Doctordi – oh and tell Baby J that I am completely up for that discussion whenever he’s in the mood. And tell him also that if he can’t sleep nights, I have any number of old academic papers that might be just the trick for that! 🙂

    Dorothy – lol!! I would so love to read those Oliphant novels, just not on an ereader. Maybe someone will take pity on me and produce POD versions! I am halfway through Miss Marjoribanks (she says wiping her forehead) and it is consistently amusing and jolly, but it is a slow read, and one that comments on everything that happens, even when not much happens. I am enjoying it, but I will need something superspeedy to whip through next, for the sake of variety!

  17. And it is at this moment that Em goes to pick up her USB drive to save all her drafts.

    Nice story. I was relieved to hear you were able to retrieve the essay. Oh! the horror of having to write it again!

    Funnily enough, I have only started writing directly on the computer very late in my studies. I finally realised it would save me a lot of time. I still need the hardcopy to revise my drafts; otherwise I just spend hours scrolling up and down while I scratch my head. Nothing like a red pen and even a pair of scissors!

  18. My aunt had a computer when I was a little kid, and she let me use it to learn skills like typing and saving documents regularly to external back-up systems. Which did not, of course, stop me from losing many a story over the years to carelessness and computer error. I have three typewriters at home though. I like the noise they make. I have two manual ones and an electric.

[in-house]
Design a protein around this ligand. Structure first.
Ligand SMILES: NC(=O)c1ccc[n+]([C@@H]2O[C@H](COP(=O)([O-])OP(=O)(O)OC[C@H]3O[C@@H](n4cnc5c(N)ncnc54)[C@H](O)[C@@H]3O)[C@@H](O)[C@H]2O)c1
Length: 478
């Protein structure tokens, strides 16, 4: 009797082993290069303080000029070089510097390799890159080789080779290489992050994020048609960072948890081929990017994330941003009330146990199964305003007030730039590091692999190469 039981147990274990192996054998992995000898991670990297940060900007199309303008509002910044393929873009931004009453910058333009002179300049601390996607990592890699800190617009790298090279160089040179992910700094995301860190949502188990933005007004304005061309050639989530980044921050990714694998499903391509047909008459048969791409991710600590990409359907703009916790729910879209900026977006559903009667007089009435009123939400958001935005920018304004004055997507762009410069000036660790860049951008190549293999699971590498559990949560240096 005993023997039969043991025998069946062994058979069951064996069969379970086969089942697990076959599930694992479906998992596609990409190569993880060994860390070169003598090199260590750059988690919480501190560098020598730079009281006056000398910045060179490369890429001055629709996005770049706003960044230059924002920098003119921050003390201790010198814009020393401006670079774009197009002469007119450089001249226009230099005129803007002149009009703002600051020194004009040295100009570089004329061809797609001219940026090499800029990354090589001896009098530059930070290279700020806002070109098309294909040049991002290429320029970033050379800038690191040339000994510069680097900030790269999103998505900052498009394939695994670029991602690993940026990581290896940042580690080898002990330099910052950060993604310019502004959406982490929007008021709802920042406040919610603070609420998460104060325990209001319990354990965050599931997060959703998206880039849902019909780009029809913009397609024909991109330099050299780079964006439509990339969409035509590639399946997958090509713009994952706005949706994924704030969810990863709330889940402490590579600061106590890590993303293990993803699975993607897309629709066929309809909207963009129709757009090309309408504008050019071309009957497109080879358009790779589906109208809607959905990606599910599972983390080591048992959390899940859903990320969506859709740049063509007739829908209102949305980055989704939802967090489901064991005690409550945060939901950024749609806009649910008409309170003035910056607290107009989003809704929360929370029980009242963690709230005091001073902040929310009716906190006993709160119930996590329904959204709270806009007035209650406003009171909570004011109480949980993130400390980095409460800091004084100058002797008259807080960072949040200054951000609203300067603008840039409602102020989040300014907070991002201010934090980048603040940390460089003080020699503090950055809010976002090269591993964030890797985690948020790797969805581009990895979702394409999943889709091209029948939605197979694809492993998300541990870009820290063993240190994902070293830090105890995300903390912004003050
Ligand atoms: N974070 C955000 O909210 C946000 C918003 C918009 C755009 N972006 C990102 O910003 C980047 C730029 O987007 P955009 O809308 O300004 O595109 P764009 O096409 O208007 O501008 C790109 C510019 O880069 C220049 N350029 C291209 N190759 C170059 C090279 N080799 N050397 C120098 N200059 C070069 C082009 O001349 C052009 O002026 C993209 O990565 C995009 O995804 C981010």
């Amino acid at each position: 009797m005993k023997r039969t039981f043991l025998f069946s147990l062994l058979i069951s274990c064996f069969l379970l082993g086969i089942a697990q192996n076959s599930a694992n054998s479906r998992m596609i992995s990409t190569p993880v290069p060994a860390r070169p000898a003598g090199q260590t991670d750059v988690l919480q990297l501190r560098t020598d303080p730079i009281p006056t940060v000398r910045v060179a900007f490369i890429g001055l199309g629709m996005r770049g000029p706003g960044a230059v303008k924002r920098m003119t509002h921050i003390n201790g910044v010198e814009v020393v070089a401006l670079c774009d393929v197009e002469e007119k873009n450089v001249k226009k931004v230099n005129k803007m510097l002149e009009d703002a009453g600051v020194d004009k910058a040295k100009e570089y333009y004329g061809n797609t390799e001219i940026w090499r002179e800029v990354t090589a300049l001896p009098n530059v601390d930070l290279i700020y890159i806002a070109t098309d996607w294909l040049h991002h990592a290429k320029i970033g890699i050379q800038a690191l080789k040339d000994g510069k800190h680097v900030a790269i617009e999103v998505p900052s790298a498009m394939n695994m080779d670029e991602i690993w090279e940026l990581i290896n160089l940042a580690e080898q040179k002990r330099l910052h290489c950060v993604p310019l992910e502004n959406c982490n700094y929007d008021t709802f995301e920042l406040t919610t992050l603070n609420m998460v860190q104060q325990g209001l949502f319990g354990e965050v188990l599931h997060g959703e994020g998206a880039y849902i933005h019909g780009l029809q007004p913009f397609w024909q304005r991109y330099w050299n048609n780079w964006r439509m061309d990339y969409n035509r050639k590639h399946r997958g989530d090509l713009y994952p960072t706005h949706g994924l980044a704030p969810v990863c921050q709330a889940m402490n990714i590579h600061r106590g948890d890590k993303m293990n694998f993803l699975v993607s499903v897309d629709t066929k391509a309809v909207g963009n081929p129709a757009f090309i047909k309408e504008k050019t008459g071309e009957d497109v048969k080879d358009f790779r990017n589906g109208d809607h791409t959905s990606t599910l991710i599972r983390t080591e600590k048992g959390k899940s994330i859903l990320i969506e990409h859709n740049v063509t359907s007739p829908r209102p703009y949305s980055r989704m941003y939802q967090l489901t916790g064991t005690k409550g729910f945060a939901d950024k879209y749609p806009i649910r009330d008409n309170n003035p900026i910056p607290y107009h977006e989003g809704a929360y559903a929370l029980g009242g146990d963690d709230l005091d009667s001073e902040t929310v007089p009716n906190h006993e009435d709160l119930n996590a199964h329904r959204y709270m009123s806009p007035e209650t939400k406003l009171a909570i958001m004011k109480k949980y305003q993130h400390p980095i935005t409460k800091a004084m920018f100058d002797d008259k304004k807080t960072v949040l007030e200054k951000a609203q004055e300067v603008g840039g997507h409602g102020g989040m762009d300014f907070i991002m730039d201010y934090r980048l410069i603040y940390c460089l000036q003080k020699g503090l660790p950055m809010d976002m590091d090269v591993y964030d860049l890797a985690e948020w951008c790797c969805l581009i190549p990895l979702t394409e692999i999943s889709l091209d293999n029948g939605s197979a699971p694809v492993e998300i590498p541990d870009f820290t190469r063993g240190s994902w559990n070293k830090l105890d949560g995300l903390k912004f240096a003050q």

19. I got through high school typing up essay on my mom’s behomoth of a Selectric that was quite top of the line for its day. When I went to college I got one of those little black typewriters that saved the line like you had. I got a PC in 1990, a bootleg copy of Windows 3.0 from my brother-in-law, and a dirt cheap copy of Word Perfect from my mom with her educator’s discount. typed my master’s thesis on it and got my first taste of computer tinkering when my advisor objected to the straight up and down quotation marks the thing produced and told me I had to make them curve properly. An hour and half on the phone with Word Perfect tech support and they helped me figure out how to do it, a maneuver that required overriding every set of quotation marks with an individual piece of code. Oh, those were the days!

  20. What a lovely post. I can still remember typing my essays and papers in college on a wonderful little portable typewriter. I didn’t use a computer or word processing programs until I began my career. You have given me some lovely memories of those wonderful days of my early experiences with computers.